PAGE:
We follow the story of Kaspar Hauser from the fatal end. We see the world after disaster, the world in ashes. For the long time of the performances the scenography is keeping its secret showing its final shape in the final phase. At the beginning of the performance there is only a black abyss of gigantic fabric which comes alive at significant moments, for instance it moves in the rhythm of Kaspar’s breathing, it reacts with a sudden spasmatic movement to acts of oppression directed against Kaspar. Finally the set reveals its final form and becomes a palace space. The scenography is in fact a gigantic tent with realistic printed wall – a close replica of one of the palace rooms from Venice (Palazzo Grimani). The choice of this particular room is very significant for the reason that the 15th-century hall with a plethora of antique sculptures and decorations represents the art of humanism in a nutshell. My intention was to ask a question about what humanism is exactly? We surround ourselves with the art of humanism, remaining indifferent to the individual fate of man.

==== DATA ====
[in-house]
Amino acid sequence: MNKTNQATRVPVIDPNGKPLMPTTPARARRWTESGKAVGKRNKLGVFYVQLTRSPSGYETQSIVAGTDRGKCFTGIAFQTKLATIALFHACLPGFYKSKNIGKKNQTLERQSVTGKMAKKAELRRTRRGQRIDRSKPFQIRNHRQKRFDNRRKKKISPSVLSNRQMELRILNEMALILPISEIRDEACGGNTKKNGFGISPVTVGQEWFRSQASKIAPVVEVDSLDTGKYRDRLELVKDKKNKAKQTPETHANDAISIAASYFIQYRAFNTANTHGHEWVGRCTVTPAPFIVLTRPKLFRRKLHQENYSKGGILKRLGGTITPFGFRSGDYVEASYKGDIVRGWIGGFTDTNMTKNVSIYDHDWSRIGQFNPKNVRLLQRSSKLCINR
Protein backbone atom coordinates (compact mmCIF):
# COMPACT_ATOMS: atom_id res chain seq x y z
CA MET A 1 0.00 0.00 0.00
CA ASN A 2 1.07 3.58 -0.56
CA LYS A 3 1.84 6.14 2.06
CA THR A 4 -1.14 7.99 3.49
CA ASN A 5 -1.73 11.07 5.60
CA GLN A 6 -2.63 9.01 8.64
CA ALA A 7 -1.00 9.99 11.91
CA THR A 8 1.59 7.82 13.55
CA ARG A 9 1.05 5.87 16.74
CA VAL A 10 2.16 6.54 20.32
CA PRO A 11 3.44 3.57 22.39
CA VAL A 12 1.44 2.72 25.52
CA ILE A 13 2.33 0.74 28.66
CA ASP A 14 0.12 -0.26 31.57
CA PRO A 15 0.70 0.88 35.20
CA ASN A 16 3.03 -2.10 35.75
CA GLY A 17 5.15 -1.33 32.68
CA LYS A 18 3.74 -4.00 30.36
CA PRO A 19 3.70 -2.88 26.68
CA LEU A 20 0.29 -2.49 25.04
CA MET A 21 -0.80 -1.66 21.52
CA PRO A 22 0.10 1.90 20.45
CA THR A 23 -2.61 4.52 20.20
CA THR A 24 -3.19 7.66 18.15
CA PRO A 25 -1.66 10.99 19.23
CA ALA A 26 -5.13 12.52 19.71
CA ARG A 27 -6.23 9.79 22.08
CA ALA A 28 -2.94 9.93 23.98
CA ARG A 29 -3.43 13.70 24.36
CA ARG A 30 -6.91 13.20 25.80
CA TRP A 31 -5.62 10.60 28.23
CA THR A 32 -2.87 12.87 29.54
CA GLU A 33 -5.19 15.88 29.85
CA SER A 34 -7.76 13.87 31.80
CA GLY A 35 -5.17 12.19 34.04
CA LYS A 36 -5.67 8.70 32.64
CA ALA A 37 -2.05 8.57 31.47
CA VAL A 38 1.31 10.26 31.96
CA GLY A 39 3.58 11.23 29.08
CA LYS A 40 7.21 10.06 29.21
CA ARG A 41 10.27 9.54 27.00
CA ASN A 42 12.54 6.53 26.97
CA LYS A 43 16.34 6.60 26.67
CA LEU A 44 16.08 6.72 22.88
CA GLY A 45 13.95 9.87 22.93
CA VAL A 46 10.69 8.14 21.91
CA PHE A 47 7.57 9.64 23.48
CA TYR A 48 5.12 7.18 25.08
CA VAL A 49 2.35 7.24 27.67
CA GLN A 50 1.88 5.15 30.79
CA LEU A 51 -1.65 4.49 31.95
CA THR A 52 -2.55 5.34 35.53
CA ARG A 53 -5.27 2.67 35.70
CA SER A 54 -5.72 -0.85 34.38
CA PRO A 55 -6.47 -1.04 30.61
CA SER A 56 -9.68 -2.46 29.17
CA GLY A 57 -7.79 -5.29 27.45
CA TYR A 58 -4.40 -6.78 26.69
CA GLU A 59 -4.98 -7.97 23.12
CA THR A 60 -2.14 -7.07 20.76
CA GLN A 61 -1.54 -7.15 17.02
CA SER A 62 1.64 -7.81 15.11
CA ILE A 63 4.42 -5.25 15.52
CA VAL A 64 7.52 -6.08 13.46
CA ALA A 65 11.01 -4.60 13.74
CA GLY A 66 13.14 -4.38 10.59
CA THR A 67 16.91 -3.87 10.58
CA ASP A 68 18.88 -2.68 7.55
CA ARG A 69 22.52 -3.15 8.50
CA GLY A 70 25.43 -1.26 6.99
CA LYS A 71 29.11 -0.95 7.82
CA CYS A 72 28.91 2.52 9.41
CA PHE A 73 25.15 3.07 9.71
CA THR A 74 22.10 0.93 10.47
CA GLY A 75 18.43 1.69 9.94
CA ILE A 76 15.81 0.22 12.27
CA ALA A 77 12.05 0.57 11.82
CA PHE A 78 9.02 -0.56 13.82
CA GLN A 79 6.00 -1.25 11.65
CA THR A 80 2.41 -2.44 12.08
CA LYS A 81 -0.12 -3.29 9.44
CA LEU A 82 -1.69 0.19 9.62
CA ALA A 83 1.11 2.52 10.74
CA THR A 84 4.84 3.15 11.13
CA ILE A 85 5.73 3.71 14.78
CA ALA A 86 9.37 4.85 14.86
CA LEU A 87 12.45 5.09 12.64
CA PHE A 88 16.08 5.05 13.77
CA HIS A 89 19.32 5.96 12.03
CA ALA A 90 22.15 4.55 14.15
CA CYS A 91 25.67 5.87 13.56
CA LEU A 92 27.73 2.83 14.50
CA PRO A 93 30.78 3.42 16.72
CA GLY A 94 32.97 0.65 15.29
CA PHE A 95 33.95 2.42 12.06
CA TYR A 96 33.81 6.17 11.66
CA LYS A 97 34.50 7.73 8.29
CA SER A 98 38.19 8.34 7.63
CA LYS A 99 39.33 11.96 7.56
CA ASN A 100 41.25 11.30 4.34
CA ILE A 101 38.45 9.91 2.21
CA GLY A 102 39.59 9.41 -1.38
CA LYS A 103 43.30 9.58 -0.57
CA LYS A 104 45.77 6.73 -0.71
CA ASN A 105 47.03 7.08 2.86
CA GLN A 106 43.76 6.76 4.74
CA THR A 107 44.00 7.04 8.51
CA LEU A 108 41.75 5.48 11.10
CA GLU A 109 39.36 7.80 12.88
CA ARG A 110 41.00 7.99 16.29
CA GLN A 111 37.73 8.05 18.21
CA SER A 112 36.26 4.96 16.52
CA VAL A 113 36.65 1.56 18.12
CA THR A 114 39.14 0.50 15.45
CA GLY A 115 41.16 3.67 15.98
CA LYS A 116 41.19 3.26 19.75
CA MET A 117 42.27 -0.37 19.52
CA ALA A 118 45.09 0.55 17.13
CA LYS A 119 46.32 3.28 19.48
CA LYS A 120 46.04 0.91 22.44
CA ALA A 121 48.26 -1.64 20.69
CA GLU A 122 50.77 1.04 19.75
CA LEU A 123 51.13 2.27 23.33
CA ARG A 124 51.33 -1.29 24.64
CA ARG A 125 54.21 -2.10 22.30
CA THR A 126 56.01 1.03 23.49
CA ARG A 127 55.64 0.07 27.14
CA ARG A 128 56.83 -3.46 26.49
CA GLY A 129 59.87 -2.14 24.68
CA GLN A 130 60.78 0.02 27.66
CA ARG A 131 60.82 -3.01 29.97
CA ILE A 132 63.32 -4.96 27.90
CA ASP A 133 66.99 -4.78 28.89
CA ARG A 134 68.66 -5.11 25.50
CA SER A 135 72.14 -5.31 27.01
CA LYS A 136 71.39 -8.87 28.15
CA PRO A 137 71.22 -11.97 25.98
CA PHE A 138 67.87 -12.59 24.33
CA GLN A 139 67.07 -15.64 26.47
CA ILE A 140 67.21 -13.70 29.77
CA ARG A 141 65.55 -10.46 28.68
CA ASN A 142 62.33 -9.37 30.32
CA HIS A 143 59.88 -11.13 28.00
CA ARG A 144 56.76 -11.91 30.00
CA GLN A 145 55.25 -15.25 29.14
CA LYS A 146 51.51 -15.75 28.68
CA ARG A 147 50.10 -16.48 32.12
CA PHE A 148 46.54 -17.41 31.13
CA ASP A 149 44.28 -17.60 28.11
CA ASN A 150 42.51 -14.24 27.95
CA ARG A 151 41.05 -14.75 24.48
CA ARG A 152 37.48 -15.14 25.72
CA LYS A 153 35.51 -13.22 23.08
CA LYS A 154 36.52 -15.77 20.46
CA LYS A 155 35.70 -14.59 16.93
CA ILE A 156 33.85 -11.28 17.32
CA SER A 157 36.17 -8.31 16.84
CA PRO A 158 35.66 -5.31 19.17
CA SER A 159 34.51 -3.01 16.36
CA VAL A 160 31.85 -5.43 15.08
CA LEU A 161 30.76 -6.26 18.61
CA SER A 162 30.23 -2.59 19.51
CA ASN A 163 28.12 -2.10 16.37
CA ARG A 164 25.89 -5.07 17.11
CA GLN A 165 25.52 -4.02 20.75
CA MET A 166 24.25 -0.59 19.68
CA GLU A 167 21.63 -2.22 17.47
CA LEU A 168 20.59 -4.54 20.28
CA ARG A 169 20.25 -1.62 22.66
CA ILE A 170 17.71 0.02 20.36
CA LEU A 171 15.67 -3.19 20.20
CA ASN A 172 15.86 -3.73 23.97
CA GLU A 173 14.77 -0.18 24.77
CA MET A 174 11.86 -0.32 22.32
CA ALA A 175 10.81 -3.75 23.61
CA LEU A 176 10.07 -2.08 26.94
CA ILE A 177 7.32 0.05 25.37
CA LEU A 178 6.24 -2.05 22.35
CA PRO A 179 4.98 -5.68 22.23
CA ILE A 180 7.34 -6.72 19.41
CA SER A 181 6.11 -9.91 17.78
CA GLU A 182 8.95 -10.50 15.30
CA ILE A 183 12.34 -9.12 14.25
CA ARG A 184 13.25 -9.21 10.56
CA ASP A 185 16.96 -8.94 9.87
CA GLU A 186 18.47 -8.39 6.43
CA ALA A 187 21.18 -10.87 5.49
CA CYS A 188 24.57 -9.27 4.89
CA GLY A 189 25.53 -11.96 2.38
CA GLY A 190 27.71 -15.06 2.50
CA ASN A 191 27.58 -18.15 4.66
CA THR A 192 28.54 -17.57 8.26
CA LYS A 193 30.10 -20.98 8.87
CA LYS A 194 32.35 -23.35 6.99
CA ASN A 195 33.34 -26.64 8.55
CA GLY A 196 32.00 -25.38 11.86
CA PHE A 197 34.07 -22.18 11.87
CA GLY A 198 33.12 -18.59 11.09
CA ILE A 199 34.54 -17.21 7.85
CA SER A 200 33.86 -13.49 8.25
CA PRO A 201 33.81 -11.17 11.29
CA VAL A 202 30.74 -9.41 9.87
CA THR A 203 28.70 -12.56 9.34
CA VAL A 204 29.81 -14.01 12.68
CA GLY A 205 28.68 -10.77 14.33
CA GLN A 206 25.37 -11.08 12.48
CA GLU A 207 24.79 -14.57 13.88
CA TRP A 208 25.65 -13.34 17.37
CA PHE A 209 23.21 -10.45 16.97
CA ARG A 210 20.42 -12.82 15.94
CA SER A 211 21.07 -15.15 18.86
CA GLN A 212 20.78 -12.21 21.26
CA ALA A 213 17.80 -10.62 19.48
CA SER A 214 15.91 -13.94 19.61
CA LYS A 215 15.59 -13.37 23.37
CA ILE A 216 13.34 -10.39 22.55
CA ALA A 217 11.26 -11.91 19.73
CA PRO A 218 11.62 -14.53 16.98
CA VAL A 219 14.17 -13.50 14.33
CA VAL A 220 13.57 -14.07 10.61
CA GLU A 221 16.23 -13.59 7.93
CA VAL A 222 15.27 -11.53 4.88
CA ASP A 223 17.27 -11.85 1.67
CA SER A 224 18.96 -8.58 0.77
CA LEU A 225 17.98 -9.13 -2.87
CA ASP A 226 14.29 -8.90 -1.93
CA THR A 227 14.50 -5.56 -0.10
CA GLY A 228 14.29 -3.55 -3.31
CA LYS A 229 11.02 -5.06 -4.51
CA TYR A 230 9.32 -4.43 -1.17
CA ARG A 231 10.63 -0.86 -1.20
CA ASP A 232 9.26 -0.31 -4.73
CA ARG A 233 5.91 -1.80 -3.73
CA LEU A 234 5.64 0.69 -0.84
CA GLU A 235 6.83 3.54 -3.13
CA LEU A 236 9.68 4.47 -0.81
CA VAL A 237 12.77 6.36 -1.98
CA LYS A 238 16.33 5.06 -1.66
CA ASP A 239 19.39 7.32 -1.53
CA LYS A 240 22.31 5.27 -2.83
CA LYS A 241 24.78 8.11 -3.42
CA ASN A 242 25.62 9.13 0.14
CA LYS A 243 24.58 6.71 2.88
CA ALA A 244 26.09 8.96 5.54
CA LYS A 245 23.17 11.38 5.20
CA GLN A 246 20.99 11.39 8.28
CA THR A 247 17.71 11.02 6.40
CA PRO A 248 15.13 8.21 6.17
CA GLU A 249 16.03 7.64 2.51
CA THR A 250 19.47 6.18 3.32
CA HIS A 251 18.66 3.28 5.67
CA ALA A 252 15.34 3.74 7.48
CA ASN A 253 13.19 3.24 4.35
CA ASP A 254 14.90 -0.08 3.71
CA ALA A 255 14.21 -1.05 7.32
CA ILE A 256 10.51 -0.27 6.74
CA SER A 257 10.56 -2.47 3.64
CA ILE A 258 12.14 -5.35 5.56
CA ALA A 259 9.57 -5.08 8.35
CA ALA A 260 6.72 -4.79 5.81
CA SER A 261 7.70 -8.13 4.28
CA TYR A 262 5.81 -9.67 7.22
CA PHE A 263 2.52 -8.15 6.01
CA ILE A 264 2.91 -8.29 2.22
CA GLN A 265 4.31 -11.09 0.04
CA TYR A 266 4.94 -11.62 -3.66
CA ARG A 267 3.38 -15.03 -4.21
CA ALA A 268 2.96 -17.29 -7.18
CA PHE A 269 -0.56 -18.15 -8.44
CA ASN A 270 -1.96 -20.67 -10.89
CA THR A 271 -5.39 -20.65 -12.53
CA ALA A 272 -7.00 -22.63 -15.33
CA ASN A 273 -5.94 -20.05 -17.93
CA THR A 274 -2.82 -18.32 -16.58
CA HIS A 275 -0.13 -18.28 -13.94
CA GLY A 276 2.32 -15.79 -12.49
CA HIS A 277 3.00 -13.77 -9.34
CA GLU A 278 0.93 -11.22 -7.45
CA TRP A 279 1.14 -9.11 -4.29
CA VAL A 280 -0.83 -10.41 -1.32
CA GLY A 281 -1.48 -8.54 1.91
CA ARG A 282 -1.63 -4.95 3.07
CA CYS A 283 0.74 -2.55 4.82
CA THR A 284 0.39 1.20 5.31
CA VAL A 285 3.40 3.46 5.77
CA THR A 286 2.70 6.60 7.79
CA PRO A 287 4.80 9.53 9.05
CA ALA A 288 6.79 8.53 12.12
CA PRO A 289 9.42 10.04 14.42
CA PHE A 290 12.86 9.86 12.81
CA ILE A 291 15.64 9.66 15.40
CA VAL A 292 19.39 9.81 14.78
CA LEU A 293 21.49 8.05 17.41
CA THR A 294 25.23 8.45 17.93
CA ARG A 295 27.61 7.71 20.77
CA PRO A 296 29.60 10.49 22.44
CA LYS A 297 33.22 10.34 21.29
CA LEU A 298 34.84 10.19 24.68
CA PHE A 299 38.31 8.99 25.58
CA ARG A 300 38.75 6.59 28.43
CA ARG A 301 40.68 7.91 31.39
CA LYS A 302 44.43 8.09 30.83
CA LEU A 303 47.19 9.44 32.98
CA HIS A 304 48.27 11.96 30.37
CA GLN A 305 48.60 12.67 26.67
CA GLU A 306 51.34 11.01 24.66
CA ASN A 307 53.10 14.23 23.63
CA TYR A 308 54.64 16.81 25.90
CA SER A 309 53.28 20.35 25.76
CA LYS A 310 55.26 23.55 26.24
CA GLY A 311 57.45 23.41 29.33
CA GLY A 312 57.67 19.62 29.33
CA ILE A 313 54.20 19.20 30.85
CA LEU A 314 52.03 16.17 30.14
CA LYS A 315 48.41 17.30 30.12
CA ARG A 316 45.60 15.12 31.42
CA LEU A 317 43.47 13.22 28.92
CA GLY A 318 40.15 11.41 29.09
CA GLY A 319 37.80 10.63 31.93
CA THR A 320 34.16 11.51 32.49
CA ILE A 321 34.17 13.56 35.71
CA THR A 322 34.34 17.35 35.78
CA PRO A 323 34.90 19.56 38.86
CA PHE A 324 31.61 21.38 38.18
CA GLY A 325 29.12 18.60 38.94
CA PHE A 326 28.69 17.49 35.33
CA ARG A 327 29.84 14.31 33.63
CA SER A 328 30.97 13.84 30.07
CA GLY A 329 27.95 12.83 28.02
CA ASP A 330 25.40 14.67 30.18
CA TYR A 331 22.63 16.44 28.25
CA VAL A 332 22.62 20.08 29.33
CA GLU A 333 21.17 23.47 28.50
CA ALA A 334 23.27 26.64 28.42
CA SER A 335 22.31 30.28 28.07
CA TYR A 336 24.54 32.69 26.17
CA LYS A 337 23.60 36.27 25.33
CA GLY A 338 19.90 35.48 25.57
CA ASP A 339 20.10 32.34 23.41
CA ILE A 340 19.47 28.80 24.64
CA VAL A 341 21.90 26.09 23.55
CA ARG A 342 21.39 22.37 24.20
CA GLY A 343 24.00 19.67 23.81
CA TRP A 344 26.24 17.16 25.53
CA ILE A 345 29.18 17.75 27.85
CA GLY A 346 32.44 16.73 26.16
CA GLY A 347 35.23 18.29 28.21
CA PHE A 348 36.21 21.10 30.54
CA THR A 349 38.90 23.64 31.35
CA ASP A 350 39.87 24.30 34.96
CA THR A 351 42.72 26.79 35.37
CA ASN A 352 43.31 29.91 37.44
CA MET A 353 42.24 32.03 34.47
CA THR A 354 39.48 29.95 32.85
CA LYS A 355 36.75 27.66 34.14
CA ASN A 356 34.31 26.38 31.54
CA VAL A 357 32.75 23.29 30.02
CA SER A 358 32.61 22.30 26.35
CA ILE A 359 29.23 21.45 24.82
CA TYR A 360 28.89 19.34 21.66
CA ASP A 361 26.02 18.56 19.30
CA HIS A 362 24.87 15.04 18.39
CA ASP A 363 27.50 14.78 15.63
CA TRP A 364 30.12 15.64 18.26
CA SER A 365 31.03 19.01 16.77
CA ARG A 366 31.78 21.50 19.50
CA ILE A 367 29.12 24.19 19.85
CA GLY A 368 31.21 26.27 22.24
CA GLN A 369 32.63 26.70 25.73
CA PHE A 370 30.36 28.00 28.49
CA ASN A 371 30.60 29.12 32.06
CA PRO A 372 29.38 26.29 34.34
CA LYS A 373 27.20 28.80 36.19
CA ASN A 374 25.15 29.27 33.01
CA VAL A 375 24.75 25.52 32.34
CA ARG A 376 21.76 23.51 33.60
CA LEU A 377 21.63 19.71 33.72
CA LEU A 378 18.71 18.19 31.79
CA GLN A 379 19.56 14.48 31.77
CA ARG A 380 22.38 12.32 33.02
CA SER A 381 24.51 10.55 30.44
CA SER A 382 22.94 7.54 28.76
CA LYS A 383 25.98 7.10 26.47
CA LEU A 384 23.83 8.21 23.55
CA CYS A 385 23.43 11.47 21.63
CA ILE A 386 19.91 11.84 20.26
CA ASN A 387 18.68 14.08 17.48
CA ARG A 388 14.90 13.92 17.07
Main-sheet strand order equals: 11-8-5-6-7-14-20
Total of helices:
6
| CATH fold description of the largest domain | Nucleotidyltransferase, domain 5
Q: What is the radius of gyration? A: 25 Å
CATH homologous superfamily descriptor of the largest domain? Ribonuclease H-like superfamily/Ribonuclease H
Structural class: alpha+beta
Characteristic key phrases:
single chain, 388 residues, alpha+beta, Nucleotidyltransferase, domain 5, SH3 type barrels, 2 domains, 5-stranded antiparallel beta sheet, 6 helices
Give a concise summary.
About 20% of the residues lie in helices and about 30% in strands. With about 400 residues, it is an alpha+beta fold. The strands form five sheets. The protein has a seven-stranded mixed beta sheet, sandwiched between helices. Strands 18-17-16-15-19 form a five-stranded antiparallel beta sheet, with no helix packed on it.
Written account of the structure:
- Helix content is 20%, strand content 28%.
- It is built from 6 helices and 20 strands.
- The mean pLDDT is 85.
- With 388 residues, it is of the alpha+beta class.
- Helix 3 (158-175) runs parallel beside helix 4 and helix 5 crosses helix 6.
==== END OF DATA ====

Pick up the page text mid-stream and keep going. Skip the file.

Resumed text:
Another part of the set is massive treadmill where Kaspar is trapped. This unlikely trap and monument at the same time aims to entertain the society and to prison human toy, an idol. Human or animal stay in constant motion, gives the impression of inaccessibility and object laboratory, experiment. Cruel, consecrated and fun.